I get a little tense when I venture away from the beach. As long as I have an eye on the sea and can follow the coastline, I am assured as to where north lies. With an eagle’s eye, I’d surely spot C in New York as I talk to him on the phone.
Inland, I’ve mastered the route to the Home Depot, Publix and Slammer so that I don’t need to turn off the radio in order to concentrate on reaching them. (They are all conveniently located on the same street, as is home!) Everything else demands extreme attention, so you can imagine why I felt like Amelia Earhart-Frodo while on my thirty-minute way to the Stagedoor Theater in Coral Springs, and in the rain.
Give me my medals, for I made it on time.
I had come to see “Zero Hour
”, a one-man show about Zero Mostel, written by and starring Jim Brochu, the partner of Steve Schalchlin
. (I had seen Jim and Steve in the New York production of “The Big Voice: God or Merman?
” which I entirely loved
Before the play began, Steve and I were talking about the fact that neither of us can be expected to drive a car from one place to another without some confusion, and that that is why we both have partners who excel at the business of the compass. As couples, we are both modern iterations of the biblical “Martha and Mary” in which one worked in the kitchen while the other sat at the feet of the Master, knowing that it was her lot in life, and that she shouldn’t mess with God’s plan by offering to set the table.
Then the house lights were extinguished, and from the very first second of “Zero Hour”, it became clear that Jim would drive, and that there would be cliffs, hairpin turns, dangerous intersections, and even a sideways hurdling M-15 Crosstown bus. Not to worry, he got us through the evening intact and thrilled with the ride. Be forewarned: this is not your grandmother’s one-man show. This is a startling, electrifying and explosive two-hour tour of a man who has a lot to say and doesn’t have time to make nice or to wait for us to ask the right questions.
I hate reviews that give away the particulars of a play, so I’d like to focus on the audience for a moment. No empty seats, and by dint of word of mouth and excellent reviews, the run has been extended. And yet, this is one tough cookie of a crowd composed mainly of local older married/pastel couples in which the yin and yang of husband and wife are expressed by interlocking bulges. Hers, the heliumed and champagne-tinted bouffant anchored with giant taupe sunglasses. His, the wide and white leather equator holding together a golfing ensemble as would someone’s bubbe clutch children and family heirlooms while in steerage from the old world. These people know from Jewish and New York. If you are going to stand on a stage before them and be funny or wise, you had better be damn good, because they’ve been there, they’ve heard it, they’ve said it and they’ve lived it.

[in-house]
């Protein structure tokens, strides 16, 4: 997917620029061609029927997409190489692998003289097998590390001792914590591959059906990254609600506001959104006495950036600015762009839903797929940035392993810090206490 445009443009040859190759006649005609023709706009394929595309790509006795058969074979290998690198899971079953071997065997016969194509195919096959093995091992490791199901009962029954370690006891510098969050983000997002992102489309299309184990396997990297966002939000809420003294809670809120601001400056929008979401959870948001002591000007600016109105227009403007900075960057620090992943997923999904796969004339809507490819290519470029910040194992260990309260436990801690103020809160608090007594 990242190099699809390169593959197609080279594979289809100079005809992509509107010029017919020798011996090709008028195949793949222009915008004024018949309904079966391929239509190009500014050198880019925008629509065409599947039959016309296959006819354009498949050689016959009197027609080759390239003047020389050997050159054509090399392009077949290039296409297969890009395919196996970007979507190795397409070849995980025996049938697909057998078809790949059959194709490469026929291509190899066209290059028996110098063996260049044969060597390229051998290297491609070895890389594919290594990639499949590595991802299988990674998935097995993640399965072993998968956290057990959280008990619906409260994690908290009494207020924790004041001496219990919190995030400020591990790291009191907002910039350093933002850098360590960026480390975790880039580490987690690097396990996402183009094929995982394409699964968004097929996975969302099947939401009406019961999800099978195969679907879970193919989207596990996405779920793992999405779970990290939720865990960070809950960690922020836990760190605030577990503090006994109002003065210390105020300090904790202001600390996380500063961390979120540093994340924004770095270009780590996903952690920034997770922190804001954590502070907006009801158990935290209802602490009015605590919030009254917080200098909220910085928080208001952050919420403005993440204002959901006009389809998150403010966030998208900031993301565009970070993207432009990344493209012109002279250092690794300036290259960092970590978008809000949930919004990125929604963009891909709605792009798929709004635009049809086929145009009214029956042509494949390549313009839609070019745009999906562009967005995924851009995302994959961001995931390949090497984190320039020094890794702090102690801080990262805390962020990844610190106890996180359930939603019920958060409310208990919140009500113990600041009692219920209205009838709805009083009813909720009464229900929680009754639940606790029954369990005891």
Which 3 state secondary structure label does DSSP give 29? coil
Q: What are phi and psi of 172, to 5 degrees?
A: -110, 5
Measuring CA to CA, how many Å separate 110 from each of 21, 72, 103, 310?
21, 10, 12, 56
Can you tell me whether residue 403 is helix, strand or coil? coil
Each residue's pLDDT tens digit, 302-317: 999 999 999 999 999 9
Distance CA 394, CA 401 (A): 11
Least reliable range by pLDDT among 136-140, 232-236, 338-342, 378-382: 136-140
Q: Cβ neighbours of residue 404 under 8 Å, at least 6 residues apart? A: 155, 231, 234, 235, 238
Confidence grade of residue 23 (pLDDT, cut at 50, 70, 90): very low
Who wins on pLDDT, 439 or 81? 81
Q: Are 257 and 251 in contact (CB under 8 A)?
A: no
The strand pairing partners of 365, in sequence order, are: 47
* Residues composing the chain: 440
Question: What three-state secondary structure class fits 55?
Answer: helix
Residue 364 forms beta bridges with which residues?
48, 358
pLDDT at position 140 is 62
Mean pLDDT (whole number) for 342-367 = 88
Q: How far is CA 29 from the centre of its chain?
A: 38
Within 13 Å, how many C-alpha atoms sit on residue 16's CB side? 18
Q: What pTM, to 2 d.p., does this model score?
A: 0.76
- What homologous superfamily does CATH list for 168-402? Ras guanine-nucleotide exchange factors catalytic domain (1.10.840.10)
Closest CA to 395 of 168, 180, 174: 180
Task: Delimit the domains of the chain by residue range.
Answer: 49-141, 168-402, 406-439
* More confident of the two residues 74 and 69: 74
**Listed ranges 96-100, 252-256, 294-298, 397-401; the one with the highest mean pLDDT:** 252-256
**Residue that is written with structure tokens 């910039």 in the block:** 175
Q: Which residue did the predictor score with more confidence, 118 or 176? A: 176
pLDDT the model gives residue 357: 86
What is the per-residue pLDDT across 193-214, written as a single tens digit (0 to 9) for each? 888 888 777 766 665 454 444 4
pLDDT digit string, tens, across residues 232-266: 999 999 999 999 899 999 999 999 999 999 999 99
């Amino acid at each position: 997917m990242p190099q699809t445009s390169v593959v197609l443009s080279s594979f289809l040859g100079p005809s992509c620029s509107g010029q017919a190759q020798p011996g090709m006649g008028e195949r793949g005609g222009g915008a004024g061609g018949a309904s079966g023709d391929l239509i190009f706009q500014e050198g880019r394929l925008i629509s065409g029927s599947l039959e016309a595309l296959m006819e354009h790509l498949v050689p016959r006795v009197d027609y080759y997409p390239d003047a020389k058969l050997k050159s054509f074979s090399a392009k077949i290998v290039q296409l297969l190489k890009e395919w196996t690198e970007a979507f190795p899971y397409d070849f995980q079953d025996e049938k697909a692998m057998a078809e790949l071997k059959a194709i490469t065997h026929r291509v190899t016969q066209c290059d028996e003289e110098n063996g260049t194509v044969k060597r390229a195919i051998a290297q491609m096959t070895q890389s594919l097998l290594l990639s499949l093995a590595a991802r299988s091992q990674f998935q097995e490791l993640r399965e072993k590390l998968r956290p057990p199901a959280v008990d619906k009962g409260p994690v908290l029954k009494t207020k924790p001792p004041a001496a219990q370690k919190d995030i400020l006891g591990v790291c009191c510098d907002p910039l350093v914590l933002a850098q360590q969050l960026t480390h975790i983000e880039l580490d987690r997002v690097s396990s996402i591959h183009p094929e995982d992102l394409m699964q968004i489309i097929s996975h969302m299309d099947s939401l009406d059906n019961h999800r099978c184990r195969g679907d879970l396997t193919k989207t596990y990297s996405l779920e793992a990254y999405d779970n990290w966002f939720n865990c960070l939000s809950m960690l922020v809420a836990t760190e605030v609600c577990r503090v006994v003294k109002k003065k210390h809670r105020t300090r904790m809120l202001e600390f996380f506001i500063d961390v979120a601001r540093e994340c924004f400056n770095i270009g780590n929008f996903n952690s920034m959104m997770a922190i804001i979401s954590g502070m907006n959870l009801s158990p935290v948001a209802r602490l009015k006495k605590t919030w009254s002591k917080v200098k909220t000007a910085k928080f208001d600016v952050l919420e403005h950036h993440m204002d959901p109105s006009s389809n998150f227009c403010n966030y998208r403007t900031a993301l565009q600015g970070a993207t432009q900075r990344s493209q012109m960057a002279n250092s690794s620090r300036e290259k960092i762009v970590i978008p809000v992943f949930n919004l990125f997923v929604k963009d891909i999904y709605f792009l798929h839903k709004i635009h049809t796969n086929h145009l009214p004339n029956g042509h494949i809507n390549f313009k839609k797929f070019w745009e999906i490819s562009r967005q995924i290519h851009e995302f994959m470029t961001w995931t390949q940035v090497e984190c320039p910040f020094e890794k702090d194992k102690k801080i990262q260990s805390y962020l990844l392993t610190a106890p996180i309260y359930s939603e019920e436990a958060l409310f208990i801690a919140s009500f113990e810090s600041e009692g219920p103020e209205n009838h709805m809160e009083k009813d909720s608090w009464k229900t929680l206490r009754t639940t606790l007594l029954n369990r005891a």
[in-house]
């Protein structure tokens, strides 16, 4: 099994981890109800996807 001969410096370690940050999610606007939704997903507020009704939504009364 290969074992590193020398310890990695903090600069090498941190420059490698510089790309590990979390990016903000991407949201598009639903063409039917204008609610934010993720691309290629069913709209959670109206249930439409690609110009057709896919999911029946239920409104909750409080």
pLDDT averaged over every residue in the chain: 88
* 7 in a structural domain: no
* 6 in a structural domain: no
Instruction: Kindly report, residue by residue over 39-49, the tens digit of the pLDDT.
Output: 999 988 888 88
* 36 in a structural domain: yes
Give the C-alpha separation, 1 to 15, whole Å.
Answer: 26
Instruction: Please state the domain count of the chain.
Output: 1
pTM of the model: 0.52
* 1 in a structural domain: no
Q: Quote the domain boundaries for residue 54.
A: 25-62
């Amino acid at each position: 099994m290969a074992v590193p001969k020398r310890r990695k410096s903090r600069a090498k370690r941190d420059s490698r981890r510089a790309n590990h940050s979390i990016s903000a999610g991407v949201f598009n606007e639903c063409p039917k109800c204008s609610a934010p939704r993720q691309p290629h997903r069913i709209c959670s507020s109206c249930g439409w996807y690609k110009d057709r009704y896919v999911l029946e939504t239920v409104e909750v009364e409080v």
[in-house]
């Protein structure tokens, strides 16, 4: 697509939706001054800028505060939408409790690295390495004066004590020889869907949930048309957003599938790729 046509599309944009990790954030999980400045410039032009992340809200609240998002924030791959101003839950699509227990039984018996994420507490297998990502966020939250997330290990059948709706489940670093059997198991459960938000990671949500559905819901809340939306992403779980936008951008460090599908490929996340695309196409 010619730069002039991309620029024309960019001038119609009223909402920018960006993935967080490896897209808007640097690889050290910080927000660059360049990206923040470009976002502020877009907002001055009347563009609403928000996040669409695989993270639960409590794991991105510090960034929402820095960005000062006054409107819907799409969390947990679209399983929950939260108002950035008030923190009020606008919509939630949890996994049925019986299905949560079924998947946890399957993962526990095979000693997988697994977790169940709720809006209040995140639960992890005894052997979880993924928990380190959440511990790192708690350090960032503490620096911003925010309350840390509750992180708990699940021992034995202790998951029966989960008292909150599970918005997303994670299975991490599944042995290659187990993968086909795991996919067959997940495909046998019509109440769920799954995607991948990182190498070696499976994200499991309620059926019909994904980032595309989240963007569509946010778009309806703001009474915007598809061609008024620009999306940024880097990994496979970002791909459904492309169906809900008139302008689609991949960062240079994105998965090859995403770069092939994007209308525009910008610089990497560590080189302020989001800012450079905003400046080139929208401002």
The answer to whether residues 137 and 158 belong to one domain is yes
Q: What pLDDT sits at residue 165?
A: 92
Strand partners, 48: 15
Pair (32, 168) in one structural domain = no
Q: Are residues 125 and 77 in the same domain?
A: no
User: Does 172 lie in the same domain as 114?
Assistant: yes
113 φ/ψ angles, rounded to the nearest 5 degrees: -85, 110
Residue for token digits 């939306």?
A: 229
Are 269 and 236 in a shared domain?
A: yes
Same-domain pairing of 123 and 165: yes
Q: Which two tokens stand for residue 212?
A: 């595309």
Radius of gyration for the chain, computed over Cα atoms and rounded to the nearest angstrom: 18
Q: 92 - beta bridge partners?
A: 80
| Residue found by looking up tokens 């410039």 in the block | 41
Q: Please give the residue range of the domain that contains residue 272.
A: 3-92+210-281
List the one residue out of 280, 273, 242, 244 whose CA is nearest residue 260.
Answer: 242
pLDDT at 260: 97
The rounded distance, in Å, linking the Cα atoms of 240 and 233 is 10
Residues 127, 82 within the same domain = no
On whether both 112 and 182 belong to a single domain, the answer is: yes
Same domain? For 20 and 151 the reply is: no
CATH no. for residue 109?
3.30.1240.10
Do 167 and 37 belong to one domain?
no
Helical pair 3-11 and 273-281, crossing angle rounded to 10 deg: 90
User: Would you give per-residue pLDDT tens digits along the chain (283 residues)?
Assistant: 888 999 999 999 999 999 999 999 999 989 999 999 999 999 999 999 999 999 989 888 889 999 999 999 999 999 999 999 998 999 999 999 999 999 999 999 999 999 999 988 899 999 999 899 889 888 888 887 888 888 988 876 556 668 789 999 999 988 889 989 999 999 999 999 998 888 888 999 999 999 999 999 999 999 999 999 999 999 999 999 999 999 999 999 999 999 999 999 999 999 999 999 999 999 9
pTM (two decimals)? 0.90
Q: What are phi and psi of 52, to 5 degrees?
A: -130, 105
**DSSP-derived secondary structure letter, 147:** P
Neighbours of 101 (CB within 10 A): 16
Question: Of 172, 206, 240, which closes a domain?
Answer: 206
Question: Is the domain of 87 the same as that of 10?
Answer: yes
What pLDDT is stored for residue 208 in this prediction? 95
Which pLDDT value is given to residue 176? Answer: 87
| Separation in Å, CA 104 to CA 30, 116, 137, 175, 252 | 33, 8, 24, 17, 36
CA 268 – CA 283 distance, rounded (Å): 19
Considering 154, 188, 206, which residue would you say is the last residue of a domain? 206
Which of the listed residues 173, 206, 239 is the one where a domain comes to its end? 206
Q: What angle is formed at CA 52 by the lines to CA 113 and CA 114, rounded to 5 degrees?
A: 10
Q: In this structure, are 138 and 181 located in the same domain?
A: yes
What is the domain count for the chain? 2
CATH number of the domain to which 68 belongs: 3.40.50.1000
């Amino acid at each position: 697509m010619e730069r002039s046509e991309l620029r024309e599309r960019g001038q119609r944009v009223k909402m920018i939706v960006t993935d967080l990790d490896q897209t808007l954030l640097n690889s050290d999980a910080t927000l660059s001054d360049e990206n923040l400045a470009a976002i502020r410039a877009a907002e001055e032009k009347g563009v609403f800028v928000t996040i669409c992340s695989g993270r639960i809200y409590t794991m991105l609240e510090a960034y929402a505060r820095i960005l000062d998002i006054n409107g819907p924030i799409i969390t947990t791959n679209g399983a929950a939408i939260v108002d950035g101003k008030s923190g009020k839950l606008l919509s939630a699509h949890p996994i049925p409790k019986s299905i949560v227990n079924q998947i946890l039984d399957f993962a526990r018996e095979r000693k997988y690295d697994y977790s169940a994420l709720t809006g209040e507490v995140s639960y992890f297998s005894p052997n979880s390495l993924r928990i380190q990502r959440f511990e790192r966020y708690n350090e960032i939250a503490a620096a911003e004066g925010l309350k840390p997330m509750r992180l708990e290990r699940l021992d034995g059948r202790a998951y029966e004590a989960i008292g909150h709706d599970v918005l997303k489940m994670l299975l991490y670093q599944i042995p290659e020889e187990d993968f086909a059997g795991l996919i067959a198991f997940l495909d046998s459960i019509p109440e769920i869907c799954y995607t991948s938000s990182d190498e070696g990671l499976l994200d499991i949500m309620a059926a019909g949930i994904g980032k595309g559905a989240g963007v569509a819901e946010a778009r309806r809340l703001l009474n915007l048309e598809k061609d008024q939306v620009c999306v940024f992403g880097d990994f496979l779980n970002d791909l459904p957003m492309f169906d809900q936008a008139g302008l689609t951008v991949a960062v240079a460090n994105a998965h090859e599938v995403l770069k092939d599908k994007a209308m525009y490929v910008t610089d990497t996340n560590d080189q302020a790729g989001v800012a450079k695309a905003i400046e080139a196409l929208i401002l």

Tonight, they loved it. They were rapt, as was I, by Jim’s performance. Even when they weren’t laughing, they were nodding or murmuring with agreement or entirely still during the tough moments, in that way in which you can almost see an unbroken plasmic connection between the man on stage and each member of the audience. I am quite sure that if it were not for the constant recharge he got from the audience, Jim would surely have fallen from exhaustion due to the relentless demands of what he has written for himself and delivers brilliantly and without a moment’s let up.
About the show itself, I came into it fearing the worst, as is my way (I also enter the Home Depot, Publix and Slammer with that attitude). I’ve sat through some one-man shows that are wistful rehashes that cobble together the actual bits from someone’s life without ever managing to justify the presumption that we ought to be interested because, well, we already know he’s famous. In this case, (and with this in mind, I later quizzed Jim over dinner about several lines, wanting to know if Zero had actually said them. Oh, and may I say that all those jokes about this being the land of the 4PM dinner are true. Even the nearby Coconut Creek Seminole Casino’s famous buffet closes before the show is over.) Jim has written entirely original dialogue (with an invisible interviewer seated among us) based on the frightening facts of the boldfaced Zero Mostel.
Have you ever encountered someone in a public place, someone who has a story to tell, and might be a little crazy, and it is so enthralling that you don’t want to break away, that you can’t break away, and you don’t care that you are going to be late for your destination because your plans are nothing compared to what this man is saying, and because you are smart enough to want to learn something from such a one?
That is “Zero Hour”. There are plans to bring it to New York where it will throttle and delight an even more demanding audience. If you miss it, you had better admit to yourself that you are just one of those people who is not curious about the strange lives of men who collar you and demand your ear. That you don’t want wisdom and a window into what really happened to people we might have seen only in passage. And if that is you, I cannot imagine why you’d be here reading this blog. If you are here, this show, “Zero Hour
”, is for you.
Labels: Zero Hour